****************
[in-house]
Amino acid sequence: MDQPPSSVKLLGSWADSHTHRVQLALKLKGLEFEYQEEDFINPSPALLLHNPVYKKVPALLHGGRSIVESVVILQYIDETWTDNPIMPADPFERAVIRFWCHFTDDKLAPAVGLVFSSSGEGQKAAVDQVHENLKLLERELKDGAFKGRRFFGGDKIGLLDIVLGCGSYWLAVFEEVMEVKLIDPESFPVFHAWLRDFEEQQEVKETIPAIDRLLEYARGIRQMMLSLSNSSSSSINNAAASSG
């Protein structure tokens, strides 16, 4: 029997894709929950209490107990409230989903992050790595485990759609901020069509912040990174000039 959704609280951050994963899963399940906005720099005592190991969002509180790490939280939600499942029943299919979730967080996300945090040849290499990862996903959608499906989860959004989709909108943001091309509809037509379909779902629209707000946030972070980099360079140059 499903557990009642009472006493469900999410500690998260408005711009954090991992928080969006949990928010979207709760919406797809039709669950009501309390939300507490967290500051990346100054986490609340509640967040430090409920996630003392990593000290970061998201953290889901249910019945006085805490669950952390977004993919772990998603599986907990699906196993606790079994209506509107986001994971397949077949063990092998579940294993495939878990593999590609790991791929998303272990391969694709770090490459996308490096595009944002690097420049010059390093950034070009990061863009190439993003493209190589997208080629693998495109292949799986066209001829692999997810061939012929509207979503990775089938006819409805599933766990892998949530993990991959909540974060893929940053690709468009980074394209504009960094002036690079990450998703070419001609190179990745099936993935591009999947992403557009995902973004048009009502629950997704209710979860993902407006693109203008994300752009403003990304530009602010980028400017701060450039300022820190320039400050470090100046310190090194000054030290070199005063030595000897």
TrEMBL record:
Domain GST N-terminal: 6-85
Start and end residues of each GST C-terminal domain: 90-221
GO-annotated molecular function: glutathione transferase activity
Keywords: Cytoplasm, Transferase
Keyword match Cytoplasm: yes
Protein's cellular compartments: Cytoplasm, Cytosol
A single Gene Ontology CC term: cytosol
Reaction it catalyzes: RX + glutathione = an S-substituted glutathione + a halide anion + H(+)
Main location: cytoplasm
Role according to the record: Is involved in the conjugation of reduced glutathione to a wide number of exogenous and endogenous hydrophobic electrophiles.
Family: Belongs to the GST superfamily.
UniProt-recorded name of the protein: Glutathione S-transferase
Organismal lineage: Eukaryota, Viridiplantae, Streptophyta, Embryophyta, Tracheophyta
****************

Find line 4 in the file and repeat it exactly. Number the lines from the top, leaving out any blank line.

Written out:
TrEMBL record: